Today's Articles

People, Locations, Episodes

Sun, 12.15.1929

Emery Barnes, Politician born

Emery O. Barnes

*Emery Barnes was born on this date in 1929. He was a Black Canadian football player and politician.

Born in New Orleans Louisiana and raised in Oregon, Barnes was an alternate hi-jumper for the 1952 US Olympic Track and Field team. He played football at the University of Oregon and received his B.S. degree in 1954.  Later that year he was drafted by the NFL's Green Bay Packers but had much more success in the Canadian Football League with the B.C. Lions.

He played for 3 years, from 1962 to 1964; the team won the Grey Cup game in his final year. Barnes also received a Bachelor of Social Work degree from the University of British Columbia. Barnes worked as a social worker before entering politics.

He was inducted into the Oregon State Sports Hall of Fame (1986) and the Portland, Oregon, Interscholastic Sports Hall of Fame (1987). First elected to the British Columbia legislature in 1972, and re-elected four consecutive times, he served British Columbia until 1996.  Barnes and fellow NDP MLA Rosemary Brown were the first Black politicians elected to a legislative office in British Columbia. He was particularly concerned with issues relating to social justice, human rights, and poverty.  In 1994, he was also the first Black to be elected Speaker of the Legislature in any Canadian province.  Barnes was appointed to the Order of British Columbia in 1995.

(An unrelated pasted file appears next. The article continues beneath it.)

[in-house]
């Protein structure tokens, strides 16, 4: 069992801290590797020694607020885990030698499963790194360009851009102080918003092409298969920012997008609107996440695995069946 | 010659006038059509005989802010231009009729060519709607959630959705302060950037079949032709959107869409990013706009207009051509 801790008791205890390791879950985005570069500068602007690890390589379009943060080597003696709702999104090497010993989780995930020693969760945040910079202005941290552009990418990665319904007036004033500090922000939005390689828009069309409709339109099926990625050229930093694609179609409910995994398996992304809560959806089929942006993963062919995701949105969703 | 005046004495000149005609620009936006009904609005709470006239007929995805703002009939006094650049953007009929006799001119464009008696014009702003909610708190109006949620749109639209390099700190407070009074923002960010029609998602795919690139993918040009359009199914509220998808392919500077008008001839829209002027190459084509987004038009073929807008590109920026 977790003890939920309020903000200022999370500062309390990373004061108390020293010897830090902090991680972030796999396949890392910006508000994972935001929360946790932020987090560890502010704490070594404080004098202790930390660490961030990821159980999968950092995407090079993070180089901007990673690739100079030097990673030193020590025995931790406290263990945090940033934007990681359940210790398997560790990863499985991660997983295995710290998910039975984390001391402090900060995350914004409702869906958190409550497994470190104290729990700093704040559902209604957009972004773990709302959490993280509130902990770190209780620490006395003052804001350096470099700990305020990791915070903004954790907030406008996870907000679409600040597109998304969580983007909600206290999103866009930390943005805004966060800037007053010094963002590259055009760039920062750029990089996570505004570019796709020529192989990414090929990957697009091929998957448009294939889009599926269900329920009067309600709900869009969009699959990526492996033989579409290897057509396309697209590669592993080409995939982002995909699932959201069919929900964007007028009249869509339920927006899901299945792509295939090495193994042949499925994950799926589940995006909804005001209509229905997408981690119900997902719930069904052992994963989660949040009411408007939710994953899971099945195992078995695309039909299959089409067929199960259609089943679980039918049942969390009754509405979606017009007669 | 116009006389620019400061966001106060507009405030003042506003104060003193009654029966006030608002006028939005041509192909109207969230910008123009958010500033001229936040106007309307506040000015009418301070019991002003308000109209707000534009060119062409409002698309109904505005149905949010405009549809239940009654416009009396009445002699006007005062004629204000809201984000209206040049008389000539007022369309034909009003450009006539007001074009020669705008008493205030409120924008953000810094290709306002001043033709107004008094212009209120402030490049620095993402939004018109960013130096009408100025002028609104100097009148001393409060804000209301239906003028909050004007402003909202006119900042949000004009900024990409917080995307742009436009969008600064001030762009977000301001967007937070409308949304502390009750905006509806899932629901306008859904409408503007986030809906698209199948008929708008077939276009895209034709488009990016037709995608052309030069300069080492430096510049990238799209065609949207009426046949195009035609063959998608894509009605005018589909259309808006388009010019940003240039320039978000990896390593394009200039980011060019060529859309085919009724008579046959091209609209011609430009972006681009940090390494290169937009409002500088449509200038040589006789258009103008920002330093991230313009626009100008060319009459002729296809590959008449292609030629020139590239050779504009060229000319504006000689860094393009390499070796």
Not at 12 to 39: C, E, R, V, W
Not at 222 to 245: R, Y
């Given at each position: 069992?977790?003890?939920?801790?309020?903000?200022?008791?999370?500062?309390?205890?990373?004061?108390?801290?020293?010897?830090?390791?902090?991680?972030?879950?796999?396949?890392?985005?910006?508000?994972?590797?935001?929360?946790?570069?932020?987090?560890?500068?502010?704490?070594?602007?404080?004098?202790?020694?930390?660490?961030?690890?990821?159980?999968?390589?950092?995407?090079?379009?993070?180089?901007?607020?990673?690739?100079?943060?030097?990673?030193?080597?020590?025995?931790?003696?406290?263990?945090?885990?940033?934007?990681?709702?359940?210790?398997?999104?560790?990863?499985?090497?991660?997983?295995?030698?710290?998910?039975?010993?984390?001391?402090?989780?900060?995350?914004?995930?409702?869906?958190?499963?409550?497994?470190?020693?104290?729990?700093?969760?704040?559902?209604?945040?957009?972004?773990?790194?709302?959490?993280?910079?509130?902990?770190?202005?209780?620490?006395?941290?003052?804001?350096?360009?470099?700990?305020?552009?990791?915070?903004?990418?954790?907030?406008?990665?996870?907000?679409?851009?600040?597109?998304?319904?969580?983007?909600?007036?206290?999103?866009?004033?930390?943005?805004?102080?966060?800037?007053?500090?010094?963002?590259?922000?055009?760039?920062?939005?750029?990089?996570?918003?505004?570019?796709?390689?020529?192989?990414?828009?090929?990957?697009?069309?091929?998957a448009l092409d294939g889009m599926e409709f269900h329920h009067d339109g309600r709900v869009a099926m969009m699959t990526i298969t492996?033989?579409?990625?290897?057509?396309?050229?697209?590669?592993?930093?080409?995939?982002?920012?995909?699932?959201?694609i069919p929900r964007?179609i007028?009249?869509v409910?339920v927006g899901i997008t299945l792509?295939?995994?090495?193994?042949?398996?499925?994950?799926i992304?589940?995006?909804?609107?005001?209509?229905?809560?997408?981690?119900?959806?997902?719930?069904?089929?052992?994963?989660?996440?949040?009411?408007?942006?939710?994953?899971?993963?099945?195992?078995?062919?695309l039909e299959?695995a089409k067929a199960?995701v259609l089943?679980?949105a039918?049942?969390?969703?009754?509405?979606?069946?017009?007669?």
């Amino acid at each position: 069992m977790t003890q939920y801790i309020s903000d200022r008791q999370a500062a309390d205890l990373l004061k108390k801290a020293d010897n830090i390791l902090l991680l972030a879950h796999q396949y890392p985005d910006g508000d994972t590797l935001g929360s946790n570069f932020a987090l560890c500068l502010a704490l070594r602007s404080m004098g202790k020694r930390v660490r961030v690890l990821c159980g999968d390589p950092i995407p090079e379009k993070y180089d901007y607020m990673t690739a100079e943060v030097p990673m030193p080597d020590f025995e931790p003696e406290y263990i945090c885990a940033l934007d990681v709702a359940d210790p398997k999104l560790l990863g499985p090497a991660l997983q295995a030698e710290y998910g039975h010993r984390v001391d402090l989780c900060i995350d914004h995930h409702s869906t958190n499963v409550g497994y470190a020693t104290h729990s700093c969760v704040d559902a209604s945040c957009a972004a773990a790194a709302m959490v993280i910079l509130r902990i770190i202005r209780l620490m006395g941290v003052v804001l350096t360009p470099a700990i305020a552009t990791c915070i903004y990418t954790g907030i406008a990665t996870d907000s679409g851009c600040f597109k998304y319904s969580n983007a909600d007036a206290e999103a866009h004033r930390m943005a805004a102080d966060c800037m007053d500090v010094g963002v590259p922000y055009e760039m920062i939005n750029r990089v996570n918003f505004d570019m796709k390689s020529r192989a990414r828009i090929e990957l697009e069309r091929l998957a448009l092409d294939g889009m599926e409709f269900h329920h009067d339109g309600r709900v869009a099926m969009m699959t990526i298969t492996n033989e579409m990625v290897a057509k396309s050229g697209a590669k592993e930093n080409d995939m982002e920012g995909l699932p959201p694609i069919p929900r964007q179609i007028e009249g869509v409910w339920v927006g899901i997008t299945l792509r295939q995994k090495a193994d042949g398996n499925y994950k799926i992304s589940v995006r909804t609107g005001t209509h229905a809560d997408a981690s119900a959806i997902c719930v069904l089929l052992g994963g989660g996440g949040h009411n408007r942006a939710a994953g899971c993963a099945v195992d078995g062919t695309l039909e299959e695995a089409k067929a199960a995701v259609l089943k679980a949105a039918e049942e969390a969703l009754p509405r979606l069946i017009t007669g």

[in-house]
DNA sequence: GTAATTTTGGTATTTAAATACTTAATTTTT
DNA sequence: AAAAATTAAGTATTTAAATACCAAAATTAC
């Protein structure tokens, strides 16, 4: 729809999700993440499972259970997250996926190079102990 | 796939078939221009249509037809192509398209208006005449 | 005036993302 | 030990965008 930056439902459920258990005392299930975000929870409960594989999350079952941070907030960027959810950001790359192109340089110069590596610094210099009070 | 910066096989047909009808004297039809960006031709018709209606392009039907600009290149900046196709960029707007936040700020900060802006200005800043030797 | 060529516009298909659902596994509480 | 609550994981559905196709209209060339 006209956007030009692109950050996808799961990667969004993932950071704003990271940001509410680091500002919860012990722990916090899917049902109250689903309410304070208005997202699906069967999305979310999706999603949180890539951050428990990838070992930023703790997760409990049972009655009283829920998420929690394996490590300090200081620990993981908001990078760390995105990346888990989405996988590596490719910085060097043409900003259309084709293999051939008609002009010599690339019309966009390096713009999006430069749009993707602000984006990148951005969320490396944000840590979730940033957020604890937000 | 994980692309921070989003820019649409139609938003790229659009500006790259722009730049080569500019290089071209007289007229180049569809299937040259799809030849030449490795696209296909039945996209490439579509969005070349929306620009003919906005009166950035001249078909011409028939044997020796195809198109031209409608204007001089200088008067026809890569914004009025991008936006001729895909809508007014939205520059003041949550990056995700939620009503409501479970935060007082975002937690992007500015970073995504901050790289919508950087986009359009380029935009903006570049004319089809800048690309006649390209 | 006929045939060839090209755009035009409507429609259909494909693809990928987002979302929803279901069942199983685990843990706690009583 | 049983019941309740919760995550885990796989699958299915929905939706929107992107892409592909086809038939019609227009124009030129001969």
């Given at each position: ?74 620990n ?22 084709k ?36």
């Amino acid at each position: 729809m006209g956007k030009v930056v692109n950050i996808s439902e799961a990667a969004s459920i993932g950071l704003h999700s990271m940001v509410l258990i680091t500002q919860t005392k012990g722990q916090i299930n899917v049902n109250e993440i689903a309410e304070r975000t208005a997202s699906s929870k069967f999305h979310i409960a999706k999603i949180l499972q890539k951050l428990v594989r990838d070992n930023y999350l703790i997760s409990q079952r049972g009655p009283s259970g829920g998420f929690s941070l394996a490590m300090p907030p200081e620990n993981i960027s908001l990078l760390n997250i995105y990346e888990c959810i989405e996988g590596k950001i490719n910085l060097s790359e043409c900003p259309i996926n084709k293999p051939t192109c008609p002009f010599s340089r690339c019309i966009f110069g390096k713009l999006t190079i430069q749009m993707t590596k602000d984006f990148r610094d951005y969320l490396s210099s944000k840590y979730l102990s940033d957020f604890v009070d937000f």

Emery Barnes died on July 1, 1998, and is buried in Robinson Memorial Park Cemetery, in Coquitlam, British Columbia. The headstone shows his full name as "Emery Oakland Barnes." Constance Barnes, a daughter of his, is an elected member of the Vancouver Park Board. The city of Vancouver has named a park after him in his memory: Emery Barnes Park at 1100 Seymour Street.

Wikimedia Foundation
204 37th Avenue North Suite330
St. Petersburg, FL. 33704

To become a Political Scientist


BC Black

New Poem Each Day

Poetry Corner

1. A black woman speaks of white womanhood. What gives her the right? --slavery, lynching, etc have to do with white women. 2. Would like to speak of it as... A Black Woman Speaks by Beah Richards
Read More